Once all of the figs are wrapped, place them under the broiler until the prosciutto is crispy and the figs are warm.  Wouldn't it have been great if I'd gotten a picture of this step instead of going off to pour myself a glass of wine?

Lastly, arrange the crispy wrapped figs on a beautiful platter around a small bowl of your favorite plain (as in unflavored, not boring) goat cheese.  Encourage your friends and family to place a small dollop of said goat cheese atop any roasted figs that you yourself have not already gobbled.  Oh, on that note, make sure you prepare plenty so that there are some for the guests after you 'sample' a dozen or so.  Otherwise you'll be left with an empty platter and, quite frankly, a bunch of pissed off people.  Sharing is caring folks.

Sorry about the lack of photos for the latter half of this recipe.  I blame the wine but I'm pretty sure that Ashley is on to my real plan which is that she's going to have to make them AGAIN so that I can properly complete this report.  She may be the cool, talented friend but in the sneaky department I reign supreme!

Tuesday, August 14, 2012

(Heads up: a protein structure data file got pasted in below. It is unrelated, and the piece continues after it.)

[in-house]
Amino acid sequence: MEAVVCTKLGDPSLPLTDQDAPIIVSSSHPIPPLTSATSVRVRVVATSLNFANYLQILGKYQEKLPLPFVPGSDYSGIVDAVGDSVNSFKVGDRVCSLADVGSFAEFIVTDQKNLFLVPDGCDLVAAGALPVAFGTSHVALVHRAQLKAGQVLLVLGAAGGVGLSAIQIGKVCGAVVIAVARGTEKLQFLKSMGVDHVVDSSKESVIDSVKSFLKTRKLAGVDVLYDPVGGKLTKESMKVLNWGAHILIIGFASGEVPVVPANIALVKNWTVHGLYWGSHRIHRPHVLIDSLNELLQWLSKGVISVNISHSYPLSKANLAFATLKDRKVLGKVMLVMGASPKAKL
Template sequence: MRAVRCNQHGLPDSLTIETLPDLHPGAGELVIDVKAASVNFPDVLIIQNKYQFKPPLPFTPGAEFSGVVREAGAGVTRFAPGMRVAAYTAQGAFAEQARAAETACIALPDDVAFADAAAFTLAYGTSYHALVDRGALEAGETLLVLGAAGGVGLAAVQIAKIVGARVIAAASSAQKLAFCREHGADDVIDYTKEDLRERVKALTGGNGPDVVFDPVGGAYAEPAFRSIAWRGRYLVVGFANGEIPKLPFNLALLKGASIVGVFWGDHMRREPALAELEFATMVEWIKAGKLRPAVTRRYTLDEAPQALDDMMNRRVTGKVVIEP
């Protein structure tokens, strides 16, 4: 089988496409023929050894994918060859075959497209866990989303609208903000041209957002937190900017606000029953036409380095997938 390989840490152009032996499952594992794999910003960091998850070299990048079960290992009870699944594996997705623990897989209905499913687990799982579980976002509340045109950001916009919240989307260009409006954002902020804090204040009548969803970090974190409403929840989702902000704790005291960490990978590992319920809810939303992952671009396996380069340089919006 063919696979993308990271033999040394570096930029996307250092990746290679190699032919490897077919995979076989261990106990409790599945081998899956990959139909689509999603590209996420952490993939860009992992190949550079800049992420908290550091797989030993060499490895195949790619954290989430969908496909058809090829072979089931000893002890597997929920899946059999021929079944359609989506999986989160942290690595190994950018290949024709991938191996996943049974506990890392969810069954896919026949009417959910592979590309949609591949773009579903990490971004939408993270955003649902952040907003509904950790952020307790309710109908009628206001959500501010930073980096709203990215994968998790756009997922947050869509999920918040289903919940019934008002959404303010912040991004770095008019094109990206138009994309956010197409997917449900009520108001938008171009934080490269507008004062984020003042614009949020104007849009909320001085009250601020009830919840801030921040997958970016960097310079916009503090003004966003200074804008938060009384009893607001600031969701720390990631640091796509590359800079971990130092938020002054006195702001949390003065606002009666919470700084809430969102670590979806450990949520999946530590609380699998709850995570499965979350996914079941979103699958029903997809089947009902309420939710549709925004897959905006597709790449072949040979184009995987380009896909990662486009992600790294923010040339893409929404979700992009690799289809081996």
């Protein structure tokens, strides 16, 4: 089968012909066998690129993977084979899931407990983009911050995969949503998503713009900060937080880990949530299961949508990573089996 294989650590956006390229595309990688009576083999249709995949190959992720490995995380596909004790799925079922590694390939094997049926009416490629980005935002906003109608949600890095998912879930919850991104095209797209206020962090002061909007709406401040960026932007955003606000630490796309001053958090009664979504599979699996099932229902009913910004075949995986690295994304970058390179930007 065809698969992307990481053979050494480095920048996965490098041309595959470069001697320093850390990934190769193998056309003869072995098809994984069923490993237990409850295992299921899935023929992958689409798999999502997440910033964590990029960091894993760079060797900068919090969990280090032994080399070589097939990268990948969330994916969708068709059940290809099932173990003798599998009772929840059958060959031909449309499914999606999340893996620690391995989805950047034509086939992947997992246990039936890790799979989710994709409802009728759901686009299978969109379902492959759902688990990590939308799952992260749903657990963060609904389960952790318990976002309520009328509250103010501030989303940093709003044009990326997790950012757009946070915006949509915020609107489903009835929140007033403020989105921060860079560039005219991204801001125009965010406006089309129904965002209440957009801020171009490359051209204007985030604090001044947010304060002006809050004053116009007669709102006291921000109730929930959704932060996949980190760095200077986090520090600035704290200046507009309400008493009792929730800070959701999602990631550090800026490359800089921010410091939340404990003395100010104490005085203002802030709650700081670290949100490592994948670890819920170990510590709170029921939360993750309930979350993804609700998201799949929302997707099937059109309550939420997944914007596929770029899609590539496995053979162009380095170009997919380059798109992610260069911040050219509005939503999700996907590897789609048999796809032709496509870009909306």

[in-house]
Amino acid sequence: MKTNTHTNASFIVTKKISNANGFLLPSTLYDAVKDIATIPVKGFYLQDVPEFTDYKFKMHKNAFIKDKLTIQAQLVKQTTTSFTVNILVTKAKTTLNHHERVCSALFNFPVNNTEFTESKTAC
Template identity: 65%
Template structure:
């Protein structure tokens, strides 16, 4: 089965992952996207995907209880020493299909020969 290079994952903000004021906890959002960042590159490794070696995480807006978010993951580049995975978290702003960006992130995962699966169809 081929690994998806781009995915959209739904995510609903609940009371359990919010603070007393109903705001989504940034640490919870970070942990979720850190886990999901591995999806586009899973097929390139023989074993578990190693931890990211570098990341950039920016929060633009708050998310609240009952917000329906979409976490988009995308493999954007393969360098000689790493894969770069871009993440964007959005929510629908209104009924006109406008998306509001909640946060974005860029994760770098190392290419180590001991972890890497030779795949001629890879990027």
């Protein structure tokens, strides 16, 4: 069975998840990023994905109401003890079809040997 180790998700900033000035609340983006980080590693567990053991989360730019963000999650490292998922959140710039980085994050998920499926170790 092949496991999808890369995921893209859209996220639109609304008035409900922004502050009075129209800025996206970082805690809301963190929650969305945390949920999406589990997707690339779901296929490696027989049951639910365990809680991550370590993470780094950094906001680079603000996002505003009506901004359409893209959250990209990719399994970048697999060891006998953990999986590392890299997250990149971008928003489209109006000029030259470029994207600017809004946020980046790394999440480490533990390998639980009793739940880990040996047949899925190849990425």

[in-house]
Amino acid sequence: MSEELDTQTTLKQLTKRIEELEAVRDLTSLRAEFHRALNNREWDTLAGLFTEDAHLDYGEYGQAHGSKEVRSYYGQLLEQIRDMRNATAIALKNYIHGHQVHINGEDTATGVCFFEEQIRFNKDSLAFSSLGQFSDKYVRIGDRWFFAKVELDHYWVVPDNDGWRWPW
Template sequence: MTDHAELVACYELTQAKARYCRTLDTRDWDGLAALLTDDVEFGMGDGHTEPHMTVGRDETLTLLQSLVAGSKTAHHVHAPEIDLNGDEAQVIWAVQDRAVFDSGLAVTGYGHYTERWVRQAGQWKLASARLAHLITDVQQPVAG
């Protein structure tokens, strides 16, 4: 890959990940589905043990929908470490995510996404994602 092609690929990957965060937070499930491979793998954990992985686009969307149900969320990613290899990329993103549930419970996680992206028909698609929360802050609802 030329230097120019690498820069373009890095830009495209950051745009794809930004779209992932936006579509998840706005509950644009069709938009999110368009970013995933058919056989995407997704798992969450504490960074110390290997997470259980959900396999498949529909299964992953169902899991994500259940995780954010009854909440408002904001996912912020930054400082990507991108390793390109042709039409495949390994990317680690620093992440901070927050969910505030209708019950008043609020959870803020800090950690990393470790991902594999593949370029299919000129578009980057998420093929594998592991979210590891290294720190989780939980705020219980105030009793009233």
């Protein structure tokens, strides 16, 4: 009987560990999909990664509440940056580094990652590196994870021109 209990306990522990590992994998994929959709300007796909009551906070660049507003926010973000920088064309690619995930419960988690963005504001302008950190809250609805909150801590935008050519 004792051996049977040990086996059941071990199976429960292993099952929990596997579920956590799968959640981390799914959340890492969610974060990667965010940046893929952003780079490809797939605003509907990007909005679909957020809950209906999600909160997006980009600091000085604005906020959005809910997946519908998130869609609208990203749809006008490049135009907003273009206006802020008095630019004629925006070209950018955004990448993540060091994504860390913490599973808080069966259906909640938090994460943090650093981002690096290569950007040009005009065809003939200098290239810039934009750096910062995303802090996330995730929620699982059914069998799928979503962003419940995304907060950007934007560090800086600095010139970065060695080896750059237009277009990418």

Custom pints

I like to make ice cream. I don't care so much about eating it (thank heaven or I would be so big that I'd have my own zip code) my pleasure is in the creation. As a result, I make a lot of frozen goodness for my daughter and her friends. And what do they do while I ponder then concoct taste sensations? They make custom decorated pint containers.

What a fun and creative way to distract them while the machine is churning. Get them here: Enjoy!!

Monday, August 13, 2012


There are some people who 1. Make lists and others who b. Don't. You'd guess from that sentence that I'm a listmaker but you'd be wrong. I'm of the third variety. I like to rely on memory and/or rote recital of the things I must remember. Which is why I'm commonly short of important items and seen wandering around muttering catchy tunes like cleaning products and sprite; cleaning products and sprite; cleaning products and sprite. I like to think of it as my own little addition to the Law of Attraction. Repeat the word for an item frequently enough, and it will come to you.  Or be thrown at you.   Whichever.

My friends think I'm laying the groundwork for an insanity defense. Which is a good idea by the way.  Just in case.  Put it on my list... 

Saturday, August 11, 2012

Isn't she funny??

OK, I'm about to reveal a huge secret.  Actually, it's probably not 'huge' to anyone but me.  Especially since 1. It's been a few years and  2. I don't even live in 'Stepford' anymore (Thank the Lord).  Anyway, I used to have another blog where I released the steam generated by the frustration of living in the worst of the worst that Suburbia has to offer.  I called it The Stepford Mommy and I was funny, really funny, if I may say so myself.  Of course it helped that I had the most ridiculous material imaginable to work with... and it was all true (seriously!)  I could just tell you that it was awful but don't take my word for it.  See for yourself!!

Friday, August 10, 2012

Poll Closed